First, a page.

All eyes are on the IRS and its regulation of 501(c)(4) organizations these days, with the agency’s mishandling of exemption applications, the release of the Treasury Inspector General’s report, and the lengthy hearings held by the House Ways and Means Committee, the Senate Finance Committee, and the House Oversight and Government Reform Committee examining the use by the IRS of inappropriate criteria in reviewing exemption applications.  But another story on the regulation of 501(c)(4) organizations is advancing this week as well.

As we’ve discussed (here and here), over the past few years various groups have urged the IRS to change the rules relating to 501(c)(4) organizations’ political activities.  Their complaints have essentially been that 26 U.S.C. § 501(c)(4) requires an organization to be “operated exclusively” for the promotion of social welfare, but that regulations finalized in 1959 wrongly hold that requirement to be satisfied if the organization is “primarily engaged” in such activity.  The IRS has made no indication that it plans to initiate a rulemaking to address the issue, and it has apparently taken no action on a petition for rulemaking filed by the Citizens for Responsibility and Ethics in Washington, also known as CREW, this past April.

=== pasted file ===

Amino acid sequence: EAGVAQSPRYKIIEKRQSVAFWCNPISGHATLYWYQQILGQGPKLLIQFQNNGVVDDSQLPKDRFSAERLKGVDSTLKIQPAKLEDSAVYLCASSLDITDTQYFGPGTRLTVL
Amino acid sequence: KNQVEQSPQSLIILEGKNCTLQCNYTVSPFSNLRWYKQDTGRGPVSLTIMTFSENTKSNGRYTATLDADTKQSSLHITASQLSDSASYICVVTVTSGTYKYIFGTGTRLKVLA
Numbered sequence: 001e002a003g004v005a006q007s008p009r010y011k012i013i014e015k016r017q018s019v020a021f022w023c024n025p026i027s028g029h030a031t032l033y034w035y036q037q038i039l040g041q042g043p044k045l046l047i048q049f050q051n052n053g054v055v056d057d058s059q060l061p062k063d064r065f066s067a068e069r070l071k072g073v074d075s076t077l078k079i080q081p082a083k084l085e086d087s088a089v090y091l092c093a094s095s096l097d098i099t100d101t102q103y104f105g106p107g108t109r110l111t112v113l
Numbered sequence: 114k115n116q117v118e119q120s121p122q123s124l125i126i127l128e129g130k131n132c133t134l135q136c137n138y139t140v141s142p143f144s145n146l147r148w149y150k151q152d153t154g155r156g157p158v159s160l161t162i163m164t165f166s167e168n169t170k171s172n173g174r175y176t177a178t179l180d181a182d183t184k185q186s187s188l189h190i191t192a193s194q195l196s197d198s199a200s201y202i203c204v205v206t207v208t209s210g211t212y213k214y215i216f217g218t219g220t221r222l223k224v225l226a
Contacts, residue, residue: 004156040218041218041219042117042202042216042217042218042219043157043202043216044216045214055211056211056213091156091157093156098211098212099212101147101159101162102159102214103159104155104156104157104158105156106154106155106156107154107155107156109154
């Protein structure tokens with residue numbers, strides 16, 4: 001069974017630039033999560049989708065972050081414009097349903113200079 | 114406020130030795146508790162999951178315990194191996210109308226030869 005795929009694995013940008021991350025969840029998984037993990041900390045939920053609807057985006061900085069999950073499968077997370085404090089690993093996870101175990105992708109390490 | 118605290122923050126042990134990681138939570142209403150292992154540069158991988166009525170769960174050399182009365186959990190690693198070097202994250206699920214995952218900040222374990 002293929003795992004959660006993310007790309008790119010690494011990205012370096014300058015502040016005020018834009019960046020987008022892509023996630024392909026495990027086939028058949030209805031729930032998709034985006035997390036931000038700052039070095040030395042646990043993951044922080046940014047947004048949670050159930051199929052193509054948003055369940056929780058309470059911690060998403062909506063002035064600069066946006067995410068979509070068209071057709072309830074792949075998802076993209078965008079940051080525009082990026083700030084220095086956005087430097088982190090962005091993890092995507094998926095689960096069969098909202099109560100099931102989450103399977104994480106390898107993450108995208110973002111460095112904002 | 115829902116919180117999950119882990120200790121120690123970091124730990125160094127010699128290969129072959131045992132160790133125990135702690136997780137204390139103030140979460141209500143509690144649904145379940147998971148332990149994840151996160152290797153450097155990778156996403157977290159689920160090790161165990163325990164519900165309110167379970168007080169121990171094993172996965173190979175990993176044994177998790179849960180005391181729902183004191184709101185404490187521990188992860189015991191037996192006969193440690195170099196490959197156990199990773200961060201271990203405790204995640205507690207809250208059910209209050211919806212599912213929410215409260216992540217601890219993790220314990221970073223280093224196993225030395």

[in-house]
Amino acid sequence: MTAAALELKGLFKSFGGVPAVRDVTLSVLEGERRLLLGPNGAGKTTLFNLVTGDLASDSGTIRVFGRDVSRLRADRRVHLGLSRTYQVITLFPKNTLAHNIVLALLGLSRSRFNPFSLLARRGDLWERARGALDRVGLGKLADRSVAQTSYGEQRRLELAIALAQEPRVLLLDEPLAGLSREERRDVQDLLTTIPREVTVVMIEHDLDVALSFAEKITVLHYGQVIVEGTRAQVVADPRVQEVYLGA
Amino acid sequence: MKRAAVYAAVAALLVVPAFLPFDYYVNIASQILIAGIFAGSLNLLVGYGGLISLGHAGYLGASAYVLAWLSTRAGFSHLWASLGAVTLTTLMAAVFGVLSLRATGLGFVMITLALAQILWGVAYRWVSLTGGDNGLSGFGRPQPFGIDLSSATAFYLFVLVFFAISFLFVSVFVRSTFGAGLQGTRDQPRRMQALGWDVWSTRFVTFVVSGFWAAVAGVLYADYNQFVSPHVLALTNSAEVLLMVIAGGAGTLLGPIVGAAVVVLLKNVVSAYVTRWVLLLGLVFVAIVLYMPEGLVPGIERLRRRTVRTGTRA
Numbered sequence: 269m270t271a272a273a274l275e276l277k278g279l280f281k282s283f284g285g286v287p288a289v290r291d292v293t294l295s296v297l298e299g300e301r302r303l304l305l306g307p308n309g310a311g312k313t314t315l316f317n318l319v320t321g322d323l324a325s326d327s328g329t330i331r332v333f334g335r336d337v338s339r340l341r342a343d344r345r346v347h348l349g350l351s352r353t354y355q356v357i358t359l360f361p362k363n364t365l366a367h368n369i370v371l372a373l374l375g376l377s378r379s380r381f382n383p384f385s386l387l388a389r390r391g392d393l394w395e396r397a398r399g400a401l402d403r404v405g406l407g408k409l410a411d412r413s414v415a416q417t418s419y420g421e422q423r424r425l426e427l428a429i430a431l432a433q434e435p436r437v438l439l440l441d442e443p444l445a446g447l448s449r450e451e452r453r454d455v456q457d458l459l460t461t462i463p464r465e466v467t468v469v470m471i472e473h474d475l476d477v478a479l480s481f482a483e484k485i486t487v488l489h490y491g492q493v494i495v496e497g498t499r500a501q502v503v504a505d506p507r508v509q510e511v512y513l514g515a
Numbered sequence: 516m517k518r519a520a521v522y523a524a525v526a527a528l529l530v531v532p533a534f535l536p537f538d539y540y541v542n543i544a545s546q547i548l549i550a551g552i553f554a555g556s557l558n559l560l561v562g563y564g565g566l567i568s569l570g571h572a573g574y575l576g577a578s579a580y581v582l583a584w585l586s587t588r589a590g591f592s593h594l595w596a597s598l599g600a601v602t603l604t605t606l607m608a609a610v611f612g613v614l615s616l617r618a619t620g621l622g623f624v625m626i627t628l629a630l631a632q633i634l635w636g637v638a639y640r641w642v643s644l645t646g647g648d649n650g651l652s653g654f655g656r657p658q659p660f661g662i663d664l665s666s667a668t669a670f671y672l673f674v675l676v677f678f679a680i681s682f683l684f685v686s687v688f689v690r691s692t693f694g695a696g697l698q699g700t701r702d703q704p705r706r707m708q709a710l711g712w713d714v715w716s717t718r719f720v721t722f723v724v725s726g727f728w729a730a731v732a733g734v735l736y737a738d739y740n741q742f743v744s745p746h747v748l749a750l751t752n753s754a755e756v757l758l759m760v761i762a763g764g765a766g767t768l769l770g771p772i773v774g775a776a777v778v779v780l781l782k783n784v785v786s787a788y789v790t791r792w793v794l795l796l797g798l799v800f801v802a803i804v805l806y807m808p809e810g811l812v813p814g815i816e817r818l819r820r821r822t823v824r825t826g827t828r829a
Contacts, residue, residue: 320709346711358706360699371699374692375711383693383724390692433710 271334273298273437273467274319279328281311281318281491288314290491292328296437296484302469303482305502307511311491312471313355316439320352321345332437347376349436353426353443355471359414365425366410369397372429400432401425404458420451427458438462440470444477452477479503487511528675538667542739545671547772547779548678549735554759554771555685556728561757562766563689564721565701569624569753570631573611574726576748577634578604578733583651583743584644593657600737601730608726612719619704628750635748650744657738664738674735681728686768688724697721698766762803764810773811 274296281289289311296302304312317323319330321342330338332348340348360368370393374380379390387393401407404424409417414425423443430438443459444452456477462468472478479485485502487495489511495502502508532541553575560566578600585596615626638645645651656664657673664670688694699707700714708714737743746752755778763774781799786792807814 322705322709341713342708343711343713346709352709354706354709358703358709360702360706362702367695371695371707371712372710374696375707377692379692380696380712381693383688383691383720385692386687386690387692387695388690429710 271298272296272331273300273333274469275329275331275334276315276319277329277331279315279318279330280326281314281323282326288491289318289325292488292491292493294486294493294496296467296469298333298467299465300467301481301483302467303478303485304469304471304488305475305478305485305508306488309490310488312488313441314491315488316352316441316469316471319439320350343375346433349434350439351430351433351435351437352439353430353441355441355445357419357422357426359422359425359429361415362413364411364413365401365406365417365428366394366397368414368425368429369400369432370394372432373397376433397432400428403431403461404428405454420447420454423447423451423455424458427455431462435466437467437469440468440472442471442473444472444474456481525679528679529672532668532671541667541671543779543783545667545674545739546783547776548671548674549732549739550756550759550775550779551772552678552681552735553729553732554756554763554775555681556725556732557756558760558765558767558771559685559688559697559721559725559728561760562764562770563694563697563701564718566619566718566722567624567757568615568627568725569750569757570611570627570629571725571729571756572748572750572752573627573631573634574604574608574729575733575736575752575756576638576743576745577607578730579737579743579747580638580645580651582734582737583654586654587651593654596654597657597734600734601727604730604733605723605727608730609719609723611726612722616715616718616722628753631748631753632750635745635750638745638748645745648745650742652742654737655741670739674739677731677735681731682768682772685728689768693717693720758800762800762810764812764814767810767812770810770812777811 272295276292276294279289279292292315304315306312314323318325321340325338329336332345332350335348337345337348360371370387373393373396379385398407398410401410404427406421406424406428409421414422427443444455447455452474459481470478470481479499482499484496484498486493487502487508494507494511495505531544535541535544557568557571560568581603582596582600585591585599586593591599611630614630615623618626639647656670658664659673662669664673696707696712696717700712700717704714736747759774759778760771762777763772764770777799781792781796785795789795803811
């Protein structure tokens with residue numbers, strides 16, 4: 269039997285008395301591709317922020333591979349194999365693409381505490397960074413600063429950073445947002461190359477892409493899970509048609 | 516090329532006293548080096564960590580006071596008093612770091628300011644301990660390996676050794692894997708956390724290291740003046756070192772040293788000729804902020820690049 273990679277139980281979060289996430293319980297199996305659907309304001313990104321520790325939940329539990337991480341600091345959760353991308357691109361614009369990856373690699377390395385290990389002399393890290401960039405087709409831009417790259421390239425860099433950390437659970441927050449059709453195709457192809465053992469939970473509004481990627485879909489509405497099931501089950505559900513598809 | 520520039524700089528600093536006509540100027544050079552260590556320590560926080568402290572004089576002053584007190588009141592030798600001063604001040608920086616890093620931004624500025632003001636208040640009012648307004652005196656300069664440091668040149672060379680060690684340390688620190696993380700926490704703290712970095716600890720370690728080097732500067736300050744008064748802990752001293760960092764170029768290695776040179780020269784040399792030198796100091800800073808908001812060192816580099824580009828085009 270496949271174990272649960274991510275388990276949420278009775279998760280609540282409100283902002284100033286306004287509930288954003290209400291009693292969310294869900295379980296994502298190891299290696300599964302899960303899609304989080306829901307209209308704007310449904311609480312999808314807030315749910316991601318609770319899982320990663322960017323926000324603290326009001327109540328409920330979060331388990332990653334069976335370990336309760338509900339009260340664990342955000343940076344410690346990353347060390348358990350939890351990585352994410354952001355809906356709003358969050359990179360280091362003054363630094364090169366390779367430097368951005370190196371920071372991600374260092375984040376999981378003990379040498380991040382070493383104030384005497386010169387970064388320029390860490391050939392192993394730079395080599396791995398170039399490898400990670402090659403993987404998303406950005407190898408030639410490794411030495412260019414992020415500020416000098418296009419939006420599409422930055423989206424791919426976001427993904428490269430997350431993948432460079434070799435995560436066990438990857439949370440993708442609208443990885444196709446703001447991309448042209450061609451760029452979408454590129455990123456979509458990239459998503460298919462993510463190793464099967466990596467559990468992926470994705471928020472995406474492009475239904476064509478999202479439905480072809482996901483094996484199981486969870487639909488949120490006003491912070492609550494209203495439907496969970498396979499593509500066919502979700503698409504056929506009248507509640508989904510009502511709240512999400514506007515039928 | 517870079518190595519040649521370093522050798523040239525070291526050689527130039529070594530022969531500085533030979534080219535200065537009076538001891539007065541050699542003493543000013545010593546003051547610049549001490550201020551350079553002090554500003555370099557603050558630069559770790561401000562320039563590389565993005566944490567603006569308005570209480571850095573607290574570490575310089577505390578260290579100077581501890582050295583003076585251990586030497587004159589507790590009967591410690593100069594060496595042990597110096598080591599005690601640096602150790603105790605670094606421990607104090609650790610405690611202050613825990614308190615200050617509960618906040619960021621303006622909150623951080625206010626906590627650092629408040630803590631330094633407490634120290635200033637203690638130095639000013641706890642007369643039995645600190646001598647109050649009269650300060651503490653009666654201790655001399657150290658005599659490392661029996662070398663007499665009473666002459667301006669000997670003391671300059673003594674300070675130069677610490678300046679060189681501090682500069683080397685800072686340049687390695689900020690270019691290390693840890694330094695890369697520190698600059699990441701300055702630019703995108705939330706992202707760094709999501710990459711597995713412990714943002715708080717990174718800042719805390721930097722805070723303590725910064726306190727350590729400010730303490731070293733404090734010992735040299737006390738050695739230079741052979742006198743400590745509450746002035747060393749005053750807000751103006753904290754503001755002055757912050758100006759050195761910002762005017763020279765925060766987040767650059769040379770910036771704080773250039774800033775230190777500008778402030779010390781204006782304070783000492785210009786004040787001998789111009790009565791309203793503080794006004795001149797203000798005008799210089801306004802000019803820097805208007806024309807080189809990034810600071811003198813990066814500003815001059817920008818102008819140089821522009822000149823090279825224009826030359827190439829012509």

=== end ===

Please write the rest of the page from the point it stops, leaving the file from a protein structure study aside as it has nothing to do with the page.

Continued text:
In a further attempt to spur the agency to action, CREW on Tuesday filed a complaint in federal district court in Washington, D.C.  It alleges that the IRS’s refusal to proceed with a rulemaking in response to the petition is “arbitrary and capricious” under the Administrative Procedure Act, and asks the court to issue a writ of mandamus compelling the IRS to take action.

What is noteworthy about the suit is the way it is framed: CREW wants an order forcing the IRS to amend its regulation, rather than an order that strikes down the existing regulation as being inconsistent with the text of the Internal Revenue Code.  These are distinct issues because the former is a procedural challenge to IRS inaction, while the latter is a question about the substantive validity of the regulation.

A procedural challenge faces some high hurdles.  As stated by the U.S. Court of Appeals for the D.C. Circuit, whose rulings will govern the district court’s analysis here, “‘an agency’s refusal to institute rulemaking proceedings is at the high end of the range’ of levels of deference we give to agency action under our ‘arbitrary and capricious’ review.”  Yet, in that same opinion, there are examples of these “rarest and most compelling circumstances” where an agency is forced to act.  We’ll be sure to bring you news of how the court sorts it all out.